Yet another round of litigation was required in 2018 to remedy a different policy that restricted voting access: the signature match requirement. Under this rule, voters whose signatures on their mail-in ballots did not appear to “match” their signatures on file with the secretary of state would have their ballots rejected without any meaningful opportunity to challenge the supposed mismatch. Several hundred of the rejected ballots, more than a quarter of the statewide total, came from a single county out of Georgia’s 159 counties—the county with the most AAPI residents.

The continued lack of sufficient multilingual materials that explain when, where, and how to vote also constitutes a form of voter suppression. One-third of Asian Americans are LEP, and the language barrier is a significant reason for AAPIs’ low levels of participation in the electoral process. Without sufficient actions from the state to address this gap, the task of providing and protecting language access falls to advocacy organizations like ours, which work to release their own multilingual materials about the voting process.

In addition, although successfully fought, the Georgia law restricting full access to an interpreter at the polls in 2018 and the legality of using an interpreter continues to be a point of contention. Even in states that freely allow voters to use interpreters, poll workers are often unaware and attempt to stop voters from using them. In these situations, LEP voters, who are often unaware of their rights and also not provided with in language voting materials, frequently choose to leave without voting rather than engage in a confrontation.

Producing and disseminating materials in-language aimed at specific ethnolinguistic populations is a crucial way to motivate AAPI communities to vote. On top of their ethnic and linguistic diversity, AAPI groups represent some of the wealthiest as well as some of the poorest communities in the United States; and the issues that motivate one group may not mean anything to another. Channels of outreach and even preferred social media platforms also differ from one ethnic group to another. And attitudes toward civic participation, as well as access to civics education and English language proficiency, vary widely among different age groups. Groups seeking to promote AAPI civic engagement must invest in strategies that involve learning about, connecting with, and working deeply in addition to broadly in the many different communities that make up the AAPI electorate.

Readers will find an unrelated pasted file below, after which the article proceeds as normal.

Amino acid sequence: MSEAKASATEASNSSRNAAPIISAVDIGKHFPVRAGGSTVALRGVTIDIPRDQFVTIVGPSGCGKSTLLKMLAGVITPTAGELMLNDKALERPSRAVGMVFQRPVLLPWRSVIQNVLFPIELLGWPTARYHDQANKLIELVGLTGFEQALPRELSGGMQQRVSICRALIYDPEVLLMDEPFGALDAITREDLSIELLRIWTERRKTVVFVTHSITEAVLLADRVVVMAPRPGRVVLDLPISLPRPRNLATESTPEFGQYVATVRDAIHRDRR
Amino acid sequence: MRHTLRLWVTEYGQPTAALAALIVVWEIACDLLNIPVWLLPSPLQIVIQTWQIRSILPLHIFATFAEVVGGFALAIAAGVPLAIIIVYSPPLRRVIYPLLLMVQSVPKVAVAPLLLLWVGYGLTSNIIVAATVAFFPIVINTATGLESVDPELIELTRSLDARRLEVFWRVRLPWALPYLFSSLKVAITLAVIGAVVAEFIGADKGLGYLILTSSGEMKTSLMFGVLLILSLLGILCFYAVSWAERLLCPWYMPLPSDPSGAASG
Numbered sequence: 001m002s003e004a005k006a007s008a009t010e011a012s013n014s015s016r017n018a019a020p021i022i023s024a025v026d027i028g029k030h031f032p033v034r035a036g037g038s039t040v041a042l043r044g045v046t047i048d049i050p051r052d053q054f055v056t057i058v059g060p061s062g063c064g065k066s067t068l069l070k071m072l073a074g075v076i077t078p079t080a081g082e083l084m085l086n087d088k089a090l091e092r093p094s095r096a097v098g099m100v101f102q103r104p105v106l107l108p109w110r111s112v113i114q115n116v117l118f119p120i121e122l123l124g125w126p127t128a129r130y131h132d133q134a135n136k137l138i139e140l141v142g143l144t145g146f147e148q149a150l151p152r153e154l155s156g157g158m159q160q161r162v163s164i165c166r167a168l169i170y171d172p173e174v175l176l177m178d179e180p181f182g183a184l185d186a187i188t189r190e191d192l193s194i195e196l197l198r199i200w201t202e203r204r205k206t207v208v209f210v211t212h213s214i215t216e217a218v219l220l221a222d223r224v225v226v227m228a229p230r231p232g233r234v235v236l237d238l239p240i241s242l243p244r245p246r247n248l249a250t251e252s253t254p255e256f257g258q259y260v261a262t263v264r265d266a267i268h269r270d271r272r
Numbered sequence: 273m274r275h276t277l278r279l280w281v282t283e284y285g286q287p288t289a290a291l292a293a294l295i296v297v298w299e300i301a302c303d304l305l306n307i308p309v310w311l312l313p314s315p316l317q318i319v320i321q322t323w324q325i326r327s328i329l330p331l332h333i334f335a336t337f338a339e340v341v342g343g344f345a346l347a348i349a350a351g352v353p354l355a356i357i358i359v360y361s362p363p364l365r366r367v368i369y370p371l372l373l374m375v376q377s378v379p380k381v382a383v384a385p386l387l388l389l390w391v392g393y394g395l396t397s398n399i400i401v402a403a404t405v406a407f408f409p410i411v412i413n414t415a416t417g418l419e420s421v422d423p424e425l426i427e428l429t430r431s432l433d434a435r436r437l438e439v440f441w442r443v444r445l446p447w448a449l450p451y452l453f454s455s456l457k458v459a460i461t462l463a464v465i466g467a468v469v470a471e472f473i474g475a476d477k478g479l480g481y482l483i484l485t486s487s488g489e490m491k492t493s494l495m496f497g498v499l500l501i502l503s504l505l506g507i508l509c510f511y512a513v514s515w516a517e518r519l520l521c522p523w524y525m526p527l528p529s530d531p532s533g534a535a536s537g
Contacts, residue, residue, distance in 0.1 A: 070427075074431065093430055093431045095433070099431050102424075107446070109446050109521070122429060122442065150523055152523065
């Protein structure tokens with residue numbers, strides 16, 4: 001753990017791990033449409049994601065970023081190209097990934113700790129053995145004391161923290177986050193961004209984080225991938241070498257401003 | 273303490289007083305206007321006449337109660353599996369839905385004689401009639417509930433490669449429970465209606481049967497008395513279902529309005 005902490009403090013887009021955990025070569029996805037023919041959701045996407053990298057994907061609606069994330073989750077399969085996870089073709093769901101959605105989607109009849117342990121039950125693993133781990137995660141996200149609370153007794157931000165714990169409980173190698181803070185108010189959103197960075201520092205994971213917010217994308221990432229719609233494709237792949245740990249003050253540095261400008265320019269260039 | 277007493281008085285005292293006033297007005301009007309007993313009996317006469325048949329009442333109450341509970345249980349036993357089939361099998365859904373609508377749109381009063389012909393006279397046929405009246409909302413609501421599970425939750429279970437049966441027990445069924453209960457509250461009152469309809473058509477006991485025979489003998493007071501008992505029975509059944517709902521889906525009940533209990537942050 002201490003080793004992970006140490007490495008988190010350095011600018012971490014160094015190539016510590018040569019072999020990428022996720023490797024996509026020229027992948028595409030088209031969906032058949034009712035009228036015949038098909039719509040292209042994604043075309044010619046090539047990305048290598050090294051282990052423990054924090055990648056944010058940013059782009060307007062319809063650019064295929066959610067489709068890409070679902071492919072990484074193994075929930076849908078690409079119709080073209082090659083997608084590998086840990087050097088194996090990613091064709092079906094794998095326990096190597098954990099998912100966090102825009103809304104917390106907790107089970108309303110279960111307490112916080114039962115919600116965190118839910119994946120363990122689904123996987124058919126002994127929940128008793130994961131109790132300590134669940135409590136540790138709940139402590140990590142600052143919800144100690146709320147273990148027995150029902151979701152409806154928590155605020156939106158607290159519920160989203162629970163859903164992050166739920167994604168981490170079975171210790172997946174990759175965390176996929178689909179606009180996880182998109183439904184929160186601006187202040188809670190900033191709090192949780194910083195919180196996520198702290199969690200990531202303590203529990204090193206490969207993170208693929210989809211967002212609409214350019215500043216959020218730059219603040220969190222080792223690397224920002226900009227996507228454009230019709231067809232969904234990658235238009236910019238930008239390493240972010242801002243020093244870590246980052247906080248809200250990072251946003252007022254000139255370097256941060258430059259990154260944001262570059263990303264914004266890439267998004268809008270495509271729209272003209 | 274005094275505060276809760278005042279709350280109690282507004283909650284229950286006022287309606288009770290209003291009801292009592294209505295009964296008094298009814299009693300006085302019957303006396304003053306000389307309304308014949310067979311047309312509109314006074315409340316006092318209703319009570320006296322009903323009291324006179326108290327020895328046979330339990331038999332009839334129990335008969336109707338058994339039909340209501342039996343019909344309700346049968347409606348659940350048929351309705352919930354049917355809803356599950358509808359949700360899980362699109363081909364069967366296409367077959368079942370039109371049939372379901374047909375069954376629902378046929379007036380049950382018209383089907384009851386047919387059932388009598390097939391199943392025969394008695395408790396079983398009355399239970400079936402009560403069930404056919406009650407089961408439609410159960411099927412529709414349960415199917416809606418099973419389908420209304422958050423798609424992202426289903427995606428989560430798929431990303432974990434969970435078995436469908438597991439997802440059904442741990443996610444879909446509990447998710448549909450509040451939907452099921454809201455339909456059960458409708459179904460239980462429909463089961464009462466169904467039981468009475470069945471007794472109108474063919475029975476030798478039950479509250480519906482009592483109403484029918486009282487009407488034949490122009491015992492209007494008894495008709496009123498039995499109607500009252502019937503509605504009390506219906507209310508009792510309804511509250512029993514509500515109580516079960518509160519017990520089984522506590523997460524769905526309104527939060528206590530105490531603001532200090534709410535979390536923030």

The work of connection and engagement continues beyond elections. It is engagement with multiple groups, year-round, that keeps our communities engaged. AAPIs, like everyone else, will only be motivated to vote by trustworthy, deliverable promises that their communities and their issues will continue to matter to the candidates after Election Day.

Now, in 2020, the fallout from the COVID-19 pandemic may also affect AAPI voting patterns in ways that cannot yet be predicted. Racist vitriol and public harassment directed at AAPIs have increased under the Trump administration’s insistence on referring to the coronavirus as “the Chinese virus.” On the other hand, Andrew Yang’s controversial op-ed urging Asian Americans to “show our Americanness in ways we never have before” as a way to address anti-Asian racism sparked a rare national dialogue about Asian American civic participation. It remains to be seen whether the pandemic and its effects will galvanize AAPIs to vote in higher numbers this fall or discourage them from participation. The scramble to figure out how to administer massive vote-by-mail drives during a pandemic also brings into question whether absentee voters will face new challenges in having their ballots counted.

Still, the myriad challenges of fostering AAPI civic engagement are equally matched by the great opportunity. In 2020, 1 out of 10 eligible voters is a naturalized citizen, and in 2018, 31 percent of this immigrant electorate were Asian American. Yet only 52 percent of the foreign-born AAPI electorate turned out to vote in the last presidential election, and only 43 percent in the last midterm. These numbers represent the huge potential for engaging immigrant AAPI voters in the 2020 presidential election and beyond.